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Exposing Corruption and Preventing Abuse of Power
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Testimony

POGO to Congress: Defend Whistleblowers, Improve VA Services

Protecting whistleblowers at the VA is critical to ensure that the agency is meeting the needs of our veterans. 

(Illustration: Renzo Velez / POGO)

The hearing was held on November 2, 2023.

Testimony of Joe Spielberger, Policy Counsel, before the House Committee on Veterans’ Affairs, Subcommittee on Oversight and Investigations, on “Trust in Transparency: Holding VA Accountable and Protecting Whistleblowers”

Chairwoman Kiggans, Ranking Member Mrvan, and members of the subcommittee, thank you for the opportunity to testify today on whistleblower protection and accountability at the Department of Veterans Affairs (VA). 

I am a policy counsel at the Project On Government Oversight (POGO). POGO is a nonpartisan independent watchdog organization that investigates and exposes waste, corruption, abuse of power, and when the government fails to serve the public or silences those who report wrongdoing. We champion reforms to achieve a more effective, ethical, and accountable federal government that safeguards constitutional principles.

POGO’s Investigations of VA Abuse and Corruption

Whistleblowers play a key role in exposing misconduct at the VA at great risk to themselves. Their disclosures have exposed systemic corruption, medical negligence, and abusive government actors. They have saved the lives of VA patients and safeguarded taxpayer dollars to provide better resources to veterans. Congress depends on whistleblowers in order to fully exercise its own constitutional oversight and legislative authorities. Unfortunately, whistleblowers frequently face retaliation for their disclosures while senior leaders are rarely held accountable for their actions.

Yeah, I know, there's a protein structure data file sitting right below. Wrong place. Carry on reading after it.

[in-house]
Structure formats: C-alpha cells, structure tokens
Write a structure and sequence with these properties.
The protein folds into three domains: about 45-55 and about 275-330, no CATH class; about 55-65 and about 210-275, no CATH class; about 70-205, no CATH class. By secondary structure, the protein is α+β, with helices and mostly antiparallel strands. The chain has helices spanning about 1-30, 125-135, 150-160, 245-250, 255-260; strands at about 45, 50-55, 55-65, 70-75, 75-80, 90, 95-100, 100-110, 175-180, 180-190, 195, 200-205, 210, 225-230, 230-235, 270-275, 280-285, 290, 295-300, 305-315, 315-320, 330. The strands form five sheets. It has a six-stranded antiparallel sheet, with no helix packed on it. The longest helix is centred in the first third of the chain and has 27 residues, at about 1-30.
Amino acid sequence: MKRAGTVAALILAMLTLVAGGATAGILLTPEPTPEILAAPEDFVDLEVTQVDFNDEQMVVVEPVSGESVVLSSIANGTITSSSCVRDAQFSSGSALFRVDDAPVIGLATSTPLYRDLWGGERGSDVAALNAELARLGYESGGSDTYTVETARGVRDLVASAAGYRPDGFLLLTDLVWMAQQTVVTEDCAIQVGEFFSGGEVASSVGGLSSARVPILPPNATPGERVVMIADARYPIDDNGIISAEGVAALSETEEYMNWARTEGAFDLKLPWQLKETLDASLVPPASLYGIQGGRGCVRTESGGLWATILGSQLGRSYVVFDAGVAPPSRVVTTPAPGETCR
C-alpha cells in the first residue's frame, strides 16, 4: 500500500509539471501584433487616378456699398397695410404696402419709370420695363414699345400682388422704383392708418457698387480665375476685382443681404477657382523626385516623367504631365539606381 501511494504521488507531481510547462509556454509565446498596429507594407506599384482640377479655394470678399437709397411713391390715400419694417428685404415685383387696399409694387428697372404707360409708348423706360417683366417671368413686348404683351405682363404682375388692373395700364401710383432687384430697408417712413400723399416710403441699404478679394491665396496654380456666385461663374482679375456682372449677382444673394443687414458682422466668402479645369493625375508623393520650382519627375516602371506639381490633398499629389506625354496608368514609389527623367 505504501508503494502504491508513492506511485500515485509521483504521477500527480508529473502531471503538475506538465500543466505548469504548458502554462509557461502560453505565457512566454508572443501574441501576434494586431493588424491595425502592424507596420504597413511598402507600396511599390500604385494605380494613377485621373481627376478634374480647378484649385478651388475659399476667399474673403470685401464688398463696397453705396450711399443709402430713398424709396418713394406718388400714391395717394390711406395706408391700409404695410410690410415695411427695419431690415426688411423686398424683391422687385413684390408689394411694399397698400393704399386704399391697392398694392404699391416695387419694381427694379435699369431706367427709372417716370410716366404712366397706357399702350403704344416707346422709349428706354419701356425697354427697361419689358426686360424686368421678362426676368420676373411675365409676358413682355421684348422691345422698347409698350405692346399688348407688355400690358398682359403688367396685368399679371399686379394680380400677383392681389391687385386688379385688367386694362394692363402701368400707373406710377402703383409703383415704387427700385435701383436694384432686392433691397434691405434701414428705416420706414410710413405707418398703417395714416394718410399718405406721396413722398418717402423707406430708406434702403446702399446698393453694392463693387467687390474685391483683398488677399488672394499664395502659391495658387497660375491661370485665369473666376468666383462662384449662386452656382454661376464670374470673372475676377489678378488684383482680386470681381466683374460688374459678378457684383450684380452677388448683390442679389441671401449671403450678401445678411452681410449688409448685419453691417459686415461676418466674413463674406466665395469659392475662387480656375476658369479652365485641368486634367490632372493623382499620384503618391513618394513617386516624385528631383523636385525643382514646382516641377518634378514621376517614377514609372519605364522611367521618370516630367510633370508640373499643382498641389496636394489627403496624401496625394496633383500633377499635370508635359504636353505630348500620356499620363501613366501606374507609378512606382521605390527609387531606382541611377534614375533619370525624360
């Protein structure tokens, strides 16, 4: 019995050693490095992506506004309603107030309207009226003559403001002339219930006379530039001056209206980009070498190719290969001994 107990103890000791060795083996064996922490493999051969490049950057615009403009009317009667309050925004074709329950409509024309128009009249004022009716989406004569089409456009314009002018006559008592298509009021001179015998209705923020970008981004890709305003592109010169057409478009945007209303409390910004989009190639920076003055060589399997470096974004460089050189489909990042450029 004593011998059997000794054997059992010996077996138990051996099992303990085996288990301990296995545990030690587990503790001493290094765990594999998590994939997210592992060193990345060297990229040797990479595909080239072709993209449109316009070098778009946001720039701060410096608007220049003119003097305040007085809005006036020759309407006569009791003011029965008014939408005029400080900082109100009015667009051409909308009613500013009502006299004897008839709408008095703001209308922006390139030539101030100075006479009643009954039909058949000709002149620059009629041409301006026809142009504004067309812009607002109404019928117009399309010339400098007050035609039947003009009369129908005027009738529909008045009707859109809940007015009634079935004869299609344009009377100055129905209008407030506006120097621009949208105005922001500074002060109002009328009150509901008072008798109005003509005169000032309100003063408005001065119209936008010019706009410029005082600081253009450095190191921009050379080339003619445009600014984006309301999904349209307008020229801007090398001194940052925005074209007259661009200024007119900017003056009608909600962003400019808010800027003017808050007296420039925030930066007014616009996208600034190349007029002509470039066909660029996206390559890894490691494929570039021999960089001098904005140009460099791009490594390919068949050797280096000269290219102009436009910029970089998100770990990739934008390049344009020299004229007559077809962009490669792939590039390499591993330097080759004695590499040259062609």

In coming forward, whistleblowers risk losing their jobs, ending their careers, suffering lifelong mental and psychological hardship, and facing retaliatory lawsuits or even serious criminal charges. All this simply for speaking out to ensure their agencies fulfill their missions and maintain the public’s trust. Whistleblowers deserve the safest avenues to make legal disclosures and expose wrongdoing. Agency officials who retaliate against whistleblowers both violate their legal rights and do real harm to our government and our country. These officials betray the public’s trust not only by allowing corruption and abuse of power to continue, unaddressed, but by further exacerbating it. That is why it is so important to hold retaliators accountable for their actions and ensure that whistleblowers who experience retaliation have a fair shot at justice and at being made whole.